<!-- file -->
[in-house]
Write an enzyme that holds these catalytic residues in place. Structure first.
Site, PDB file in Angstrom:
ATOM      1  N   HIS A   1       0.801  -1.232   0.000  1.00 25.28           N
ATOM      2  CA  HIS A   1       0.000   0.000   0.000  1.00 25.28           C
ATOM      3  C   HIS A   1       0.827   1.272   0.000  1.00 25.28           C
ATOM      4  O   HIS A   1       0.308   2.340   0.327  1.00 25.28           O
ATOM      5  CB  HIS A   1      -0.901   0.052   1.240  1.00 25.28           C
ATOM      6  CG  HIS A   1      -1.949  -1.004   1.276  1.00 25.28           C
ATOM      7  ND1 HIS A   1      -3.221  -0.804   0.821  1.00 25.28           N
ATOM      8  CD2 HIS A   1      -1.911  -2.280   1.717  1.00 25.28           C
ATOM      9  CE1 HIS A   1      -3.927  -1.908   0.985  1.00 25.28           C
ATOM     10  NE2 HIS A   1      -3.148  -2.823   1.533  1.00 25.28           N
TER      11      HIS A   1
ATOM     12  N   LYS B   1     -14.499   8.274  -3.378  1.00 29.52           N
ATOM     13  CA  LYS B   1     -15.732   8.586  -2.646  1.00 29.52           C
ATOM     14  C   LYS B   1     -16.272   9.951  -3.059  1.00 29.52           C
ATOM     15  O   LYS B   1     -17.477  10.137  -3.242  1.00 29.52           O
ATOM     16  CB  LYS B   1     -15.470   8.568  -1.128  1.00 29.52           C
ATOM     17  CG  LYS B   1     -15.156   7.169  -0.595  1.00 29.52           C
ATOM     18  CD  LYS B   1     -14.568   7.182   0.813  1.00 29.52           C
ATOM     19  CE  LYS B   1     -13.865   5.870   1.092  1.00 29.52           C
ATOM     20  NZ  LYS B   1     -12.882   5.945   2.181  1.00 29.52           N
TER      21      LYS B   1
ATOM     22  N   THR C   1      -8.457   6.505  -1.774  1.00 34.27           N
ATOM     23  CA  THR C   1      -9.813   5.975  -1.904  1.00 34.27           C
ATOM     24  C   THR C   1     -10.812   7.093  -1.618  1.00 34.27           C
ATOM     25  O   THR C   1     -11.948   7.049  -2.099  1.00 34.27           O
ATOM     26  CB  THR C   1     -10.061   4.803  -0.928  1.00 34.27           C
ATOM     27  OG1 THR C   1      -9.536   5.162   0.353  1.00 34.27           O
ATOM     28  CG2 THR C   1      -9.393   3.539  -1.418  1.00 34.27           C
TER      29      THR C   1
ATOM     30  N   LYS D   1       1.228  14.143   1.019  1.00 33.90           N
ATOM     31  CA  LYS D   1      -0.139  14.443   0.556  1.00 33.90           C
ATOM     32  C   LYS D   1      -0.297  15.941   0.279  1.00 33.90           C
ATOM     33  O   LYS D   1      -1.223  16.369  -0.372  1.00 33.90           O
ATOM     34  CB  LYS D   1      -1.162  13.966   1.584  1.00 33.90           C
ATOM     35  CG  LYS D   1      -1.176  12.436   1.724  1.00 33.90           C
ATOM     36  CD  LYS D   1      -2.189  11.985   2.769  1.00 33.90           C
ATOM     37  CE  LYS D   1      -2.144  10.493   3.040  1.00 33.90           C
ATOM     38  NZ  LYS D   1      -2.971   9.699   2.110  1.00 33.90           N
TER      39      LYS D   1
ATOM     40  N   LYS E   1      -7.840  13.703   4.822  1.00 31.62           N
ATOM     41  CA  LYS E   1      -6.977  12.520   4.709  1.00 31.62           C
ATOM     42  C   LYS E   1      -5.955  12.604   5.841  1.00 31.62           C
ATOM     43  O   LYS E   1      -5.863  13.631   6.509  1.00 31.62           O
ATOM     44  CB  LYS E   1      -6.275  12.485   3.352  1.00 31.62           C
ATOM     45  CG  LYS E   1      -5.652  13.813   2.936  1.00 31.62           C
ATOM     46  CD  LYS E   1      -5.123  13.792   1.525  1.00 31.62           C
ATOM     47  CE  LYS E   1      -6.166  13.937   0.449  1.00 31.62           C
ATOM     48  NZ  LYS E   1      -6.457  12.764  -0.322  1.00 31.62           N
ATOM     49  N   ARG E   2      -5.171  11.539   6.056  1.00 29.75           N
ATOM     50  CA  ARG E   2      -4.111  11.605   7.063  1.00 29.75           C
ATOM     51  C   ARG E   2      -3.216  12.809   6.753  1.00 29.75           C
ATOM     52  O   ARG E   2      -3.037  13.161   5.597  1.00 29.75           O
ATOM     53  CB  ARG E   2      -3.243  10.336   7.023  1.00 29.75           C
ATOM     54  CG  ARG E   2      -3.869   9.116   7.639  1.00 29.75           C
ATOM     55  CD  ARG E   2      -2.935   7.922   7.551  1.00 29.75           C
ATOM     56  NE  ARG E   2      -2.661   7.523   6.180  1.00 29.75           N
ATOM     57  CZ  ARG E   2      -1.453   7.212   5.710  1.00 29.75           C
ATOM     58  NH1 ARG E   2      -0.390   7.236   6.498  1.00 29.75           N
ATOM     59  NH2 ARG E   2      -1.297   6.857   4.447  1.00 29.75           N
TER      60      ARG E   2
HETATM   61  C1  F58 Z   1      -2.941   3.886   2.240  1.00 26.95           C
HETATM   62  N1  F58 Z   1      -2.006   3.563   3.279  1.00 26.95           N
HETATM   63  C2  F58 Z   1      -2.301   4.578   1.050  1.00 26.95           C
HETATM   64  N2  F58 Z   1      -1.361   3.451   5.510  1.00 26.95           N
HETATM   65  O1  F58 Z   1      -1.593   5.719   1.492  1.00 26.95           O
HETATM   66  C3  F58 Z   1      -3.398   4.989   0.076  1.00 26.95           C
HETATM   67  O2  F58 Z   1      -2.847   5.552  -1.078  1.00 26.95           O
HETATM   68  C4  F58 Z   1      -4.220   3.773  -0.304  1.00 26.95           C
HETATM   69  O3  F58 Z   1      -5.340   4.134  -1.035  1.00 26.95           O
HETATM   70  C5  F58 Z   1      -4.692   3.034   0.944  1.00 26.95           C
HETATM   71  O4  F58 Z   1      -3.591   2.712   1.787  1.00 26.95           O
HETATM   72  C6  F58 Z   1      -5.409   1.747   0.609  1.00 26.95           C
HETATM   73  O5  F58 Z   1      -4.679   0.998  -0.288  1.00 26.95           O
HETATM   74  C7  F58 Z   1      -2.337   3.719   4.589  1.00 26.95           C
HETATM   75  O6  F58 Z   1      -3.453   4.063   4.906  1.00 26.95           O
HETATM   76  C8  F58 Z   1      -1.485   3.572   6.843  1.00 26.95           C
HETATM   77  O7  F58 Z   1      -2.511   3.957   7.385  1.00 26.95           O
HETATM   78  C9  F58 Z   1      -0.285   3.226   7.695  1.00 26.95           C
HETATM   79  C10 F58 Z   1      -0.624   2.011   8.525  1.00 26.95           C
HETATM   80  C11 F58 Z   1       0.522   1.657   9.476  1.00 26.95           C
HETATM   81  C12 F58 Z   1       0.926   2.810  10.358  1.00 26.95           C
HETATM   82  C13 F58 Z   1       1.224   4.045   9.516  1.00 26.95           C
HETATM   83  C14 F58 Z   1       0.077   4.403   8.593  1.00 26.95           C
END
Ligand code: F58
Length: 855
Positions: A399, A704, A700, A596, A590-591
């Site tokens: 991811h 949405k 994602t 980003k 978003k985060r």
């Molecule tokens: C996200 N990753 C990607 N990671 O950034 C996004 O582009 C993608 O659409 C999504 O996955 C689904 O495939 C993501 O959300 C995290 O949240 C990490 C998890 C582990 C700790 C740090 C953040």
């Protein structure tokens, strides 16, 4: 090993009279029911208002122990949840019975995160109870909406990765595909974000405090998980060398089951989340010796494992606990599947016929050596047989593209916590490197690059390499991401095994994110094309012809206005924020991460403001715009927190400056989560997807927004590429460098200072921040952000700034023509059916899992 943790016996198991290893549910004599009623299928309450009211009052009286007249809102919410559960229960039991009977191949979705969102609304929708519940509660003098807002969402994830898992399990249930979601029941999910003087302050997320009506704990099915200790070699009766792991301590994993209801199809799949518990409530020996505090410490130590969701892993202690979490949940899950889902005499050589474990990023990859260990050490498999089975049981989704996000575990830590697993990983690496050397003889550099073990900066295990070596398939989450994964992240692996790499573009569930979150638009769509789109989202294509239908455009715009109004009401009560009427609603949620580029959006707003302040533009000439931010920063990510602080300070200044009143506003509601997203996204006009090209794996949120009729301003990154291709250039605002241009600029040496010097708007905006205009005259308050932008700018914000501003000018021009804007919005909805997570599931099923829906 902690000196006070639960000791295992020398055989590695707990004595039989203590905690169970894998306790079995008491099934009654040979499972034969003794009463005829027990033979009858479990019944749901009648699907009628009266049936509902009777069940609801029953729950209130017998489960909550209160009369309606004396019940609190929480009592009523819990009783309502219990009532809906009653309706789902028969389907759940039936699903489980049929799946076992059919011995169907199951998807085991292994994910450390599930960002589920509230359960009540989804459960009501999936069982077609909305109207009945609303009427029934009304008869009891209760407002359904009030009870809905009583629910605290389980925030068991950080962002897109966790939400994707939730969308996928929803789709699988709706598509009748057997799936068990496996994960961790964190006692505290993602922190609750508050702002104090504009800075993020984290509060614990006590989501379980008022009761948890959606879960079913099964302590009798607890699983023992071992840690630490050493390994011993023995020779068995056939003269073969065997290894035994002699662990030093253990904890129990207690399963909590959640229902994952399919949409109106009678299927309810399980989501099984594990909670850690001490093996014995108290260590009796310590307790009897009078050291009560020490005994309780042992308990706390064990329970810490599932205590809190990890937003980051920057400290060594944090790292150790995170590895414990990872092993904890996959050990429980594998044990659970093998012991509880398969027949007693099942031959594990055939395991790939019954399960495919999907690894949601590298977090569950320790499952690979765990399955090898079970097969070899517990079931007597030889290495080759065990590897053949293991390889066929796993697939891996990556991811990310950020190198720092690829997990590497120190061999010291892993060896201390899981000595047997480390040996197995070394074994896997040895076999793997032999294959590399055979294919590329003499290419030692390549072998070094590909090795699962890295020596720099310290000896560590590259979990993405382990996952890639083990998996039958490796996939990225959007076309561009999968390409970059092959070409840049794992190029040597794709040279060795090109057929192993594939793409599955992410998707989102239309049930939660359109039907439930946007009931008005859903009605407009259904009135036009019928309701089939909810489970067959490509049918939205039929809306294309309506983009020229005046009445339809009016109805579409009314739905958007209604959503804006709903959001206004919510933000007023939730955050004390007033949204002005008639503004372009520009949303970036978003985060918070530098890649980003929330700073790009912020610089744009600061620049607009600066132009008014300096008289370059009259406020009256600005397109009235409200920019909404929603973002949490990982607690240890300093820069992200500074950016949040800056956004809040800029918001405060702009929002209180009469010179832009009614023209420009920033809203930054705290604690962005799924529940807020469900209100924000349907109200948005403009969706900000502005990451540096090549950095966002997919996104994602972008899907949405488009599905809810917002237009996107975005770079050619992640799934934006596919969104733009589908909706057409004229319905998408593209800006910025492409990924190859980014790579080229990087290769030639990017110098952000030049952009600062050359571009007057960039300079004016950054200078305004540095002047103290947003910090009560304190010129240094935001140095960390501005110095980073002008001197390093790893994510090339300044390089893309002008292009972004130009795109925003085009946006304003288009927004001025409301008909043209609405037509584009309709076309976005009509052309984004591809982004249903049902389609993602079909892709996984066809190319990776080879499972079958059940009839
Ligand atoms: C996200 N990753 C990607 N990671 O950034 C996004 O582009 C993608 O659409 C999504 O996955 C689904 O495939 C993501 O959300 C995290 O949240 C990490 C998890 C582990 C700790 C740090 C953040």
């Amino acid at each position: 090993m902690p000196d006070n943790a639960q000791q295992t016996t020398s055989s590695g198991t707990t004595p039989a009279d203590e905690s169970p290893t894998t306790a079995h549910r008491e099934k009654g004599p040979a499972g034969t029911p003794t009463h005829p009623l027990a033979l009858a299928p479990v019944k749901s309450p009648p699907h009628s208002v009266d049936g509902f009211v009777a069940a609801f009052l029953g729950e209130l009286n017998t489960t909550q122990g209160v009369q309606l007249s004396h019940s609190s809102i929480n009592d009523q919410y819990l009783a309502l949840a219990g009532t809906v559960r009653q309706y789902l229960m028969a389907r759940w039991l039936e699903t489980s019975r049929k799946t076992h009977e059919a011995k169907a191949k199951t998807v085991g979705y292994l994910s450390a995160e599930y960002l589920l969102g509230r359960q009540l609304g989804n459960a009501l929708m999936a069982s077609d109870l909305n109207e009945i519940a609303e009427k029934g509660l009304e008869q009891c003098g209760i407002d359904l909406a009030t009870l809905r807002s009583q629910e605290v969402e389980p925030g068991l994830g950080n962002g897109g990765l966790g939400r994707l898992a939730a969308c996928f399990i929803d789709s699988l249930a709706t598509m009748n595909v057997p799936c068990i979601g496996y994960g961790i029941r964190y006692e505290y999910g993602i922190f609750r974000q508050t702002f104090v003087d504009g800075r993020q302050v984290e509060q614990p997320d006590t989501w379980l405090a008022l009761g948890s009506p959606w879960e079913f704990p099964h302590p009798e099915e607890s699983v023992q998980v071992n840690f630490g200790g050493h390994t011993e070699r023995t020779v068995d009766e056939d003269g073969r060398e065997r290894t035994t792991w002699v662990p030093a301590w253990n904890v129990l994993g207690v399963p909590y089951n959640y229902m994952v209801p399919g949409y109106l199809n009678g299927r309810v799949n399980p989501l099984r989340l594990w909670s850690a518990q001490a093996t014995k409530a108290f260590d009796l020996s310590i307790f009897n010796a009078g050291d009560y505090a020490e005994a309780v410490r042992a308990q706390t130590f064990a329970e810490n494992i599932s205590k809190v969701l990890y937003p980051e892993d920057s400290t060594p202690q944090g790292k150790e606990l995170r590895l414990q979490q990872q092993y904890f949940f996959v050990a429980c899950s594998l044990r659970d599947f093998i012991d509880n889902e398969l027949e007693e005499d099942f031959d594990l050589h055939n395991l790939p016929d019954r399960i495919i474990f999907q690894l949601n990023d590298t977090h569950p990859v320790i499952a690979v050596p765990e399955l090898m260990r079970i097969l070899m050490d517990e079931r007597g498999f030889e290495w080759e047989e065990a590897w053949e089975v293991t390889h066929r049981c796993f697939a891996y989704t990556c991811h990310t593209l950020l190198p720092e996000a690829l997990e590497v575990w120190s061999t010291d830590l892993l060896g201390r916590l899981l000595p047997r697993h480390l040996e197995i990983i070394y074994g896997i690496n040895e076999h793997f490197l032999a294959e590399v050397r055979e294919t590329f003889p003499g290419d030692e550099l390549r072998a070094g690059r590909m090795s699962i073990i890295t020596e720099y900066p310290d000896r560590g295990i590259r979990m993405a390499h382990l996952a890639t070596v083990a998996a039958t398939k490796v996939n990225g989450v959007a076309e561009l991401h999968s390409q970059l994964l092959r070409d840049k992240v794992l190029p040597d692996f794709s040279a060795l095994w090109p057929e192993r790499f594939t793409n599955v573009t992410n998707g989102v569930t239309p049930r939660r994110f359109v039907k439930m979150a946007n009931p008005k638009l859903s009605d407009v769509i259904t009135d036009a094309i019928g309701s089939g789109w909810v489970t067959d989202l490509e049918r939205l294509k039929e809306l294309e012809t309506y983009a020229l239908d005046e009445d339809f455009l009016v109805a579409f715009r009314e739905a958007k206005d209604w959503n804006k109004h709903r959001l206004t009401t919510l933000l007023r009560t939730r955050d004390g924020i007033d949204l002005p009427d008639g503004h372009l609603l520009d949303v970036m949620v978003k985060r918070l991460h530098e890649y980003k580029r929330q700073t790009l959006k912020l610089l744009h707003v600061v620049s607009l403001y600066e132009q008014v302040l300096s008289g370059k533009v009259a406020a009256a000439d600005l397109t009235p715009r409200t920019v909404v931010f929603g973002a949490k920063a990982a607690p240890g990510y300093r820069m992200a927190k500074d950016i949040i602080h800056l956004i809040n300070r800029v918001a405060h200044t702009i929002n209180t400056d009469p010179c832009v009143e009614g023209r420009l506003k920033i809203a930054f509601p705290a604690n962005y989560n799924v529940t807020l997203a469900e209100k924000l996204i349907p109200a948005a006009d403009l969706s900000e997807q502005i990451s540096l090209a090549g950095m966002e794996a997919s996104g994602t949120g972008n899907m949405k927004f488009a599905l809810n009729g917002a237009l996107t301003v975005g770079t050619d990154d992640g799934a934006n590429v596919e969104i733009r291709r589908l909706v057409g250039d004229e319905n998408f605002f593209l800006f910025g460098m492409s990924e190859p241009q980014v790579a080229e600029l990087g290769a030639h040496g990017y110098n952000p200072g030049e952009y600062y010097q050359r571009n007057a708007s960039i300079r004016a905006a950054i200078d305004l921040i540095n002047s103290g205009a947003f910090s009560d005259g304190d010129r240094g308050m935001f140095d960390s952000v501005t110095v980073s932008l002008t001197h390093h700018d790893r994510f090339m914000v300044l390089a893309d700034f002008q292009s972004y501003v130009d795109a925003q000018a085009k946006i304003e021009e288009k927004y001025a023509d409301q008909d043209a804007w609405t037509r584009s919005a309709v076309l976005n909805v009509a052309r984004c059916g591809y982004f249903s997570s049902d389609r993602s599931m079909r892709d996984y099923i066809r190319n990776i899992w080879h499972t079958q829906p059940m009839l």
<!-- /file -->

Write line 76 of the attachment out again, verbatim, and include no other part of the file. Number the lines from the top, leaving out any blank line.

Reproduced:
HETATM   73  O5  F58 Z   1      -4.679   0.998  -0.288  1.00 26.95           O